Now that we have specified the requirements of our reusable API we can begin the next step of breaking it into specific modules. With a complex visualization like this, it's often best to start simple and take some time to think about how to break the visualization into smaller pieces. For our example we know we need to:
Load the data into the browser and apply some data cleaning.
Generate a map of each city to visualize the geographic dimension.
Generate a graph to visualize key metrics about various stops.
Link the two visualizations together to allow dynamic data exploration.
Accomplishing all of this without using the reusable pattern would be a monumental task, but fortunately, the reusable pattern dramatically simplifies this process. Let's take a look at how to get started.
Visualization is more than rendering graphics. It often starts with a human having a question. The data is a mediary between the human and the object of the study. Visualization will help to extract knowledge from this data. But first, the data should be good at representing the object to study. Collecting, storing, cleaning transforming, and computing statistics are the important steps for preparing a good visualization. Most of the D3.js examples you can find on the web come with clean data, or even generated data. But, as with most data you will encounter in real life, the dataset for our example required some cleaning before it could be used.
The cleaned data can be found on the github repository that also contains the source code for this book: all data sources are located in the
data/ directory tree.
To visualize a dataset using D3.js, go through the following steps:
d3.layout.stackto inject some layout information to the dataset)
d3.scaleto map from layout space to pixel space)
As previously mentioned, the Urban Data Challenge dataset needed some cleaning and processing, which is most often the case in real-world scenarios. For example, the San Francisco dataset had the real-time and scheduled bus arrival time in two different files, unlike the Geneva and the Zurich dataset. So, to compute the bus delay, the files had to be joined, even if no join index was readily available. The Geneva dataset also needed a longitude and a latitude column, which were only available in the geojson files. Time filtering and removing null values are typical operations for cleaning data that we had to perform. Specialized tools like OpenRefine, or generic tools like LibreOffice Calc, are often used for this. The file was too big for loading into Calc or Excel, so we used Datameer, a spreadsheet-based analytics tool for BigData. Although Datameer was developed specifically for huge datasets (like petabytes of data from Hadoop clusters), their filtering, joining, grouping and more than 200 analytics functions make it a good candidate for the task (full disclosure: one of the authors is a Datameer developer).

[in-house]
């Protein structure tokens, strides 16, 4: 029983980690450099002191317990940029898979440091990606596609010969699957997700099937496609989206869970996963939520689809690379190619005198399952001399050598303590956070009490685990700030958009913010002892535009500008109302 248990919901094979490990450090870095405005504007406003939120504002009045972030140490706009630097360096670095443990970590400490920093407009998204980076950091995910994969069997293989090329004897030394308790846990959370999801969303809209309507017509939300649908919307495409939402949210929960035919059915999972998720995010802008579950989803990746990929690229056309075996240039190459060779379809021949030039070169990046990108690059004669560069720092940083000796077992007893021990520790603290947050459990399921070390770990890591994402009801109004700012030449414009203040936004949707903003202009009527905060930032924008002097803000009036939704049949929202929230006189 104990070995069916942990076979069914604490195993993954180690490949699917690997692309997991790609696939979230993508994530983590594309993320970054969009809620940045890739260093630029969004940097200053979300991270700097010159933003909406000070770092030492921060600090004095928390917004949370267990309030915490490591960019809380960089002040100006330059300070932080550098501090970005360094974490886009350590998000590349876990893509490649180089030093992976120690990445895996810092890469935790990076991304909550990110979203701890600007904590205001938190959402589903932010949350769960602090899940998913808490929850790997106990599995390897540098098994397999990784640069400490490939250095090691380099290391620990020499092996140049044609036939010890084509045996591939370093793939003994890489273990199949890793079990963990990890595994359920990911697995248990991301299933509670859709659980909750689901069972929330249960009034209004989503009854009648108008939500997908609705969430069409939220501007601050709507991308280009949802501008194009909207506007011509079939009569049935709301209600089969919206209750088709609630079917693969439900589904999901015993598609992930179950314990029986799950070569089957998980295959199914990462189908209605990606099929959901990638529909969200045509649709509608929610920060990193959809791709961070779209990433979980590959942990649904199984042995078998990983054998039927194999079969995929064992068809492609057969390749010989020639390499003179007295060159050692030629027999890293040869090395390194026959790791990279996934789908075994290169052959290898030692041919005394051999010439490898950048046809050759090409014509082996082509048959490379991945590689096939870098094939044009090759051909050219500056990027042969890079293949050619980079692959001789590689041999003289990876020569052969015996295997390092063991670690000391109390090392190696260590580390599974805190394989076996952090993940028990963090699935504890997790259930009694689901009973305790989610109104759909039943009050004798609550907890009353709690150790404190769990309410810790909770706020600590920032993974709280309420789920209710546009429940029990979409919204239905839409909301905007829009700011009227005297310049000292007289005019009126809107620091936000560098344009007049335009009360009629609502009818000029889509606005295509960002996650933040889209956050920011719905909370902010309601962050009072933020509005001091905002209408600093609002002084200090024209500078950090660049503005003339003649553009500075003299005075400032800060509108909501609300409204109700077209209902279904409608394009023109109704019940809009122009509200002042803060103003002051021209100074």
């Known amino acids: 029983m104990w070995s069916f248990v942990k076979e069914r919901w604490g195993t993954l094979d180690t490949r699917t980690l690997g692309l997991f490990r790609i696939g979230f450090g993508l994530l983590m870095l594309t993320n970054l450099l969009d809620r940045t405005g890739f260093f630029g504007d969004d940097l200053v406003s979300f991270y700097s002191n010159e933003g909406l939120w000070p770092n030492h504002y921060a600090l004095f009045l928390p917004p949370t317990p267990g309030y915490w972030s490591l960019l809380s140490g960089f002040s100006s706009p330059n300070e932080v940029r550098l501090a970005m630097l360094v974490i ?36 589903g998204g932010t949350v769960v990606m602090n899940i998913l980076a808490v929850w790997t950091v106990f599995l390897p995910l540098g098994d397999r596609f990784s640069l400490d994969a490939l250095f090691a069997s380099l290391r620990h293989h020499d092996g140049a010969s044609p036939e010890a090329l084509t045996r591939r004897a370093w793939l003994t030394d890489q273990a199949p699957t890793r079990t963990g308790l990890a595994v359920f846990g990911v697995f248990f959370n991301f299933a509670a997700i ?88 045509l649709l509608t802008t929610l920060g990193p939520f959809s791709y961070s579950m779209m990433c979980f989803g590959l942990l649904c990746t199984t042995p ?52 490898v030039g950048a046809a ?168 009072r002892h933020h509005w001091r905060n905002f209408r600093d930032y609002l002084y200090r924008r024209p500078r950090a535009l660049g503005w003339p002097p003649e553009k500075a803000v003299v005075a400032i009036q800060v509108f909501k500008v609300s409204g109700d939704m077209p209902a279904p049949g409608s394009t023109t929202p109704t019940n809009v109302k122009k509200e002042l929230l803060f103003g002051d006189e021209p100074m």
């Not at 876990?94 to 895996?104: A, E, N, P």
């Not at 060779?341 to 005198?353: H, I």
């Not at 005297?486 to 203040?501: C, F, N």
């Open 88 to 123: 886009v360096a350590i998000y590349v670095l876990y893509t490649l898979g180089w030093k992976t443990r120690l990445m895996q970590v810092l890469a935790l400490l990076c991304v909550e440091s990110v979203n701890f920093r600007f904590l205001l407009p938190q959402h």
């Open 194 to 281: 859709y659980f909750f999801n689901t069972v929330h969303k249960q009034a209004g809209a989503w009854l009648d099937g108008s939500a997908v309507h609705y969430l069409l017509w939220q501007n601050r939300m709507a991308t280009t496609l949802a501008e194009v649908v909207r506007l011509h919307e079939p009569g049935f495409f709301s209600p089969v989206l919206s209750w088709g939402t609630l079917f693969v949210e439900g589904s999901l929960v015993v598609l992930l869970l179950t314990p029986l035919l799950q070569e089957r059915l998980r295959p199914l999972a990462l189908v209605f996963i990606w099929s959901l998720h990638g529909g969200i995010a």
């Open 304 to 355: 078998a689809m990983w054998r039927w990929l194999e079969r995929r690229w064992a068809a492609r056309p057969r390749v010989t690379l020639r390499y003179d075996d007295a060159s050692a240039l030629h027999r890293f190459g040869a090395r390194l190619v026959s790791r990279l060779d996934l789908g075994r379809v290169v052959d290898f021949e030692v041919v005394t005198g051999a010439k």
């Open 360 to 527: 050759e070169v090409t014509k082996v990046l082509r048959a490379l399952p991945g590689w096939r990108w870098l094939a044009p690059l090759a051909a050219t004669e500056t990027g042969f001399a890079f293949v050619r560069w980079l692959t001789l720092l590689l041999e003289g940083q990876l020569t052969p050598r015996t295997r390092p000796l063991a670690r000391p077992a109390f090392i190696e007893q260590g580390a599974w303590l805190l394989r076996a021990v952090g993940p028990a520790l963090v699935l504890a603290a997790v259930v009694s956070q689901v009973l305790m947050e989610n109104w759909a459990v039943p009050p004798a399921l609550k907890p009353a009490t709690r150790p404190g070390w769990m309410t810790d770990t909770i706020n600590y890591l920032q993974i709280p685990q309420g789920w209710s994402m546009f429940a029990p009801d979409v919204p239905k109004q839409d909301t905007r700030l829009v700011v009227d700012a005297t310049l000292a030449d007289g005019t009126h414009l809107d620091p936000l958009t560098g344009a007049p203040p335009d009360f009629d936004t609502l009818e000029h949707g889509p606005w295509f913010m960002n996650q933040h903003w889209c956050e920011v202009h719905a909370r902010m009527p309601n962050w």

D3.js can load dirty data and clean it on the fly. But for a dataset totaling 180 MBs over 3 files, reducing it to 60 MBs of clean data was still heavy loading with Ajax. We could have reduced the file size more by using just a subset. But once gzipped, the data size was acceptable for this demo application. And it is a good illustration of a typical bottleneck in the visualization process, especially for online applications, which has to be solved with tools outside of the D3.js ecosystem.
Now that the data sets for each city have been cleaned up and contain similar fields that allow for comparison, we can implement the reusable pattern to construct a useful visualization that allows for exploration of the data, which we will do in the next chapter.